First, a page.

A character’s Craft can never drop below that character’s starting Craft value.
FateFate is a measure of a character’s luck and fortune. Once per die roll, a player may pay one fate token reroll one die he has just rolled under the following circumstances:
1. Rolling a die for his character’s movement.
2. Rolling a die to determine his character’s attack roll.
3. Rolling a die due to the instructions on a card or board space.
If a player rolls multiple dice (for example the Death space in the Inner Region), he may only pay one fate to reroll one of them.
Each character starts the game with a number of fate tokens equal to the fate value listed on his character card. Nothing untoward happens to a character who has used up all his fate, other than not being able to spend it until he gets more – as far as the universe is concerned, he is on his own.
A player may not pay fate tokens to reroll a die used to determine a creature’s attack roll.
Replenishing and Gaining FateFate is usually replenished as the result of encounters from Adventure Cards and board spaces. A character may only replenish fate up to his fate value. If an encounter allows a character to gain fate, however, he may take fate tokens over and above his fate value.
GoldGold allows characters to buy Objects and pay for services.
Each character starts the game with one gold, and additional gold is usually acquired as the result of encounters.
Prices are given in gold coins (G). Thus “3G” represents three gold coins.
If a character is required to lose gold and he does not have any, then there is no effect.
LivesLives represent the character’s durability. Lives are lost through battle, psychic combat, and other dangers that are encountered. Characters may replenish lost lives by healing or gaining life.
Each character starts the game with a number of lives equal to the life value listed on his character card.
Losing All LivesAny character who loses all of his lives is immediately killed. All the character’s Objects, Magic Objects, Followers, and gold are placed on the space where the character was killed. All the character’s Strength and Craft counters and fate tokens are returned to their stockpiles. The character’s Spell Cards are placed on the Spell Card discard pile. Other cards (including the character’s trophies) and counters are placed in the appropriate stock or discard piles. The character card and character figure are removed from the game.
The dead character’s player may start again, on his next turn. Players may start new characters if, and only if, no character has yet reached the Crown of Command during the game. If any character has reached the Crown of Command, a player whose character is killed is out of the game.
Healing and Gaining LivesHealing can never replenish a character to more than his life value.
A character can gain lives (as opposed to heal) over and above his life value.
Special AbilitiesEach character has one or more special abilities, which are detailed on the character card.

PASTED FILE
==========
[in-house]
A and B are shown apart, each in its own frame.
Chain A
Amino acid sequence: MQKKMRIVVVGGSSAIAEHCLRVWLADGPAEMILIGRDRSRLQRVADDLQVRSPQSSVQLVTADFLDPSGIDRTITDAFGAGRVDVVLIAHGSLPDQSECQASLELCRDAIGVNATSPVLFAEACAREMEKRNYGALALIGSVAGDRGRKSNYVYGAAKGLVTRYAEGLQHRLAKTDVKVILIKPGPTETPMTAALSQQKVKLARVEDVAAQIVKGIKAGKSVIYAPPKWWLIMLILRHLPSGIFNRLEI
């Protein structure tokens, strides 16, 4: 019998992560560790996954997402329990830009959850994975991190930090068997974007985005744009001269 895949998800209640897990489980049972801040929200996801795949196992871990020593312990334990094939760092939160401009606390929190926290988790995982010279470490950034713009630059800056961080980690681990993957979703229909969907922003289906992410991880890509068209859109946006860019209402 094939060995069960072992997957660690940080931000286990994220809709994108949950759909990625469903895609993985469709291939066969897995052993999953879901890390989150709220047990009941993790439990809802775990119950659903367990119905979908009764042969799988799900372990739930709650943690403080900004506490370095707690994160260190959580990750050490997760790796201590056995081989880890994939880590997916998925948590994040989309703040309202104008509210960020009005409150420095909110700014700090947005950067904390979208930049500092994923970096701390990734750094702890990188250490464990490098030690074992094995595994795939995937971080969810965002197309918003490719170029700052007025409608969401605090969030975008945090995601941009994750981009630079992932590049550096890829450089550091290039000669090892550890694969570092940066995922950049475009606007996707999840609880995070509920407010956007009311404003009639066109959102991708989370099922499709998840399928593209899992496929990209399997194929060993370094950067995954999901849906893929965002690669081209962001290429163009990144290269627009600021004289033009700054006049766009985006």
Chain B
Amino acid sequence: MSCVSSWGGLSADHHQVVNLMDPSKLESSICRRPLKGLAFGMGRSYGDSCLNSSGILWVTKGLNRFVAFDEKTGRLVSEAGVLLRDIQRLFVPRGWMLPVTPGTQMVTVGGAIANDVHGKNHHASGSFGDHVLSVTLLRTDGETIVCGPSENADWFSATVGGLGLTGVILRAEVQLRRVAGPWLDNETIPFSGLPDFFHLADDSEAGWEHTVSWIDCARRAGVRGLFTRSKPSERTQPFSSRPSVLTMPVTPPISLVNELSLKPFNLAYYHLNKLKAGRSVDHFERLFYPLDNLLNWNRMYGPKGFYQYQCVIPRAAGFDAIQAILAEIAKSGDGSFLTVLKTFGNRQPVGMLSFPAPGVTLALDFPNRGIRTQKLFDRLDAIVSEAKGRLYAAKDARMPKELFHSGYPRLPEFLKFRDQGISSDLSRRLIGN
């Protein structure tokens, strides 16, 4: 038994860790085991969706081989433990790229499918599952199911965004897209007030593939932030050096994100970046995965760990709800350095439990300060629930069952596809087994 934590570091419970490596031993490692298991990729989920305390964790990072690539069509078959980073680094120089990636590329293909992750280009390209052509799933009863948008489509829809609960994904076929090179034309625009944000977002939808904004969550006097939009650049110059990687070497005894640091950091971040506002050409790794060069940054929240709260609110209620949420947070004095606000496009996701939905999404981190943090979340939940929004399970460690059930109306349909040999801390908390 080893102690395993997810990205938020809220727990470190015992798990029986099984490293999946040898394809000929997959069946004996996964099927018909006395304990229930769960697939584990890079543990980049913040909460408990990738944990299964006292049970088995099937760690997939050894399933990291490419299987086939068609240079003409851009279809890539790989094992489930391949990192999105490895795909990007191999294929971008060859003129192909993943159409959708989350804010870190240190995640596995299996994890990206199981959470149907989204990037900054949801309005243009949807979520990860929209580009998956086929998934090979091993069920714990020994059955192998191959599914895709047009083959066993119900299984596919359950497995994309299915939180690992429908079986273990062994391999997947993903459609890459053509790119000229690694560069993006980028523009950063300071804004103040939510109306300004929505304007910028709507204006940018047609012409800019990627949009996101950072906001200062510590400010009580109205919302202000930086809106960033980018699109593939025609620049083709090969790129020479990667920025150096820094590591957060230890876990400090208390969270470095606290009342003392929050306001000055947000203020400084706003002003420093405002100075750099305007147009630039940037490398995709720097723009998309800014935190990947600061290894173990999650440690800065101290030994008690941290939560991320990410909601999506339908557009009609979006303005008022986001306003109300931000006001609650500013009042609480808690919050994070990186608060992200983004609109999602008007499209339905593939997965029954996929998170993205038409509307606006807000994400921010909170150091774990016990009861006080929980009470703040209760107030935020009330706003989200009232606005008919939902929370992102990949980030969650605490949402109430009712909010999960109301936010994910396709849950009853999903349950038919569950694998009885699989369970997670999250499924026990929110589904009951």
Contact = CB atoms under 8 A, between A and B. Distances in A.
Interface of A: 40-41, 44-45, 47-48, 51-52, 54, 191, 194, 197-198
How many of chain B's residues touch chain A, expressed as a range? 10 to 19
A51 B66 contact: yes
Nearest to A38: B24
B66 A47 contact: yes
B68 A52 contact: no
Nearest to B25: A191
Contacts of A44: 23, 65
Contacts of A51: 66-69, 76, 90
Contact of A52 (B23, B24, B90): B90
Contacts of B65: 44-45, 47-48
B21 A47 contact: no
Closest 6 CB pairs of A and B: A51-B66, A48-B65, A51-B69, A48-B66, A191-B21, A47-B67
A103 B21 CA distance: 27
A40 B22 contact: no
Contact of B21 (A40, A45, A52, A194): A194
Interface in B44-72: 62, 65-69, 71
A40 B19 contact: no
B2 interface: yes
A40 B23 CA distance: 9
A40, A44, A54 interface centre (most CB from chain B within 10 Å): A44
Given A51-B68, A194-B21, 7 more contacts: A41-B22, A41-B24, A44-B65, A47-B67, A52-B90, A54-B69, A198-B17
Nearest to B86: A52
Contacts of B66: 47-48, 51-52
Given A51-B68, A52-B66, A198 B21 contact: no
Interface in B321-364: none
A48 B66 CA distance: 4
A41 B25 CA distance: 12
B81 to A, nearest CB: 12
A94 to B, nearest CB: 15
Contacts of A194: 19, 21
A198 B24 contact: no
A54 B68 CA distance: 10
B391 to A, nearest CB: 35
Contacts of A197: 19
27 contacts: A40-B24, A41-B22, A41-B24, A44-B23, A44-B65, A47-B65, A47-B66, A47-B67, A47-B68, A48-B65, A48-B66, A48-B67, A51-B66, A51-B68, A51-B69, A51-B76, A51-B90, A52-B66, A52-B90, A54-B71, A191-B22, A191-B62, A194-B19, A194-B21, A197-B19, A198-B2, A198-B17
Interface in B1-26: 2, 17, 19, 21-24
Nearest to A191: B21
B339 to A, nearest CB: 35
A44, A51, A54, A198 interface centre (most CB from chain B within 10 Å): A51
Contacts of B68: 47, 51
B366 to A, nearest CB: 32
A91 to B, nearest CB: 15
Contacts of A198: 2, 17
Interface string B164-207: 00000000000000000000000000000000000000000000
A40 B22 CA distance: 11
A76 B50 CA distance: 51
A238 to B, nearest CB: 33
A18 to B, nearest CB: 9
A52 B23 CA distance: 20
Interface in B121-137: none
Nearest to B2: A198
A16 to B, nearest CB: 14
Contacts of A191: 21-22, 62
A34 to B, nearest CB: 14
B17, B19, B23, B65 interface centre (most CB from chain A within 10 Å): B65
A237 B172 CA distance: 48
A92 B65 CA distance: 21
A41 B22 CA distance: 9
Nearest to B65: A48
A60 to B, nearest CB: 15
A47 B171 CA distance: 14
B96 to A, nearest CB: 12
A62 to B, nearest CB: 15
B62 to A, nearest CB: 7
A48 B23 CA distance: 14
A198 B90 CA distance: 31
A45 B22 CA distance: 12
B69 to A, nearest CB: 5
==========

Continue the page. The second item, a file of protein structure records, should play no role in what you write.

Adventure CardsMost of the spaces on the Talisman: Digital Edition board instruct players to draw one or more Adventure Cards. When drawn, Adventure Cards are taken from the top of the Adventure deck and placed, faceup, in the space where they are encountered.
If there are any Adventure Cards already in a space a character lands in, his player draws only enough new cards to take the total to the number indicated for the space. For example, if a space instruction reads “Draw 2 Cards,” but there is already one card there, then the player only draws one new card to bring the total to two cards.
Adventure Cards must be dealt with in the order determined by their encounter number.
The lowest number is tackled first, then the next lowest, and so on. In the case of a tie, the character encounters Adventure Cards in the order they were drawn.
One exception to the rule about resolving Adventure Cards in encounter number order is that Adventure Cards with instructions that result in their being placed in a space other than the one where they were drawn are dealt with first, before any other Adventure Cards are resolved. If placed elsewhere, an Adventure Card does not affect the character who drew it at that time.
Types of Adventure CardThe different types of Adventure Cards and their effects are listed below. Keep in mind that Adventure Cards must be encountered in encounter number order, so only after Events and Enemies are dealt with may the more frequently beneficial cards be encountered.
EventsThe instructions on the card must be followed. Any instructions that result in the loss of a turn by the character encountering the card ends the character’s turn immediately. This counts as a missed turn for that character if there are other cards to be encountered; otherwise, he misses his next turn instead.
Enemy - Animal, Dragon or MonsterThese Enemies attack any character encountering them by battling the character. Killed Enemies of this type may be kept as trophies to be exchanged for Strength (see "Trophies"). Enemies that defeat characters remain in the space.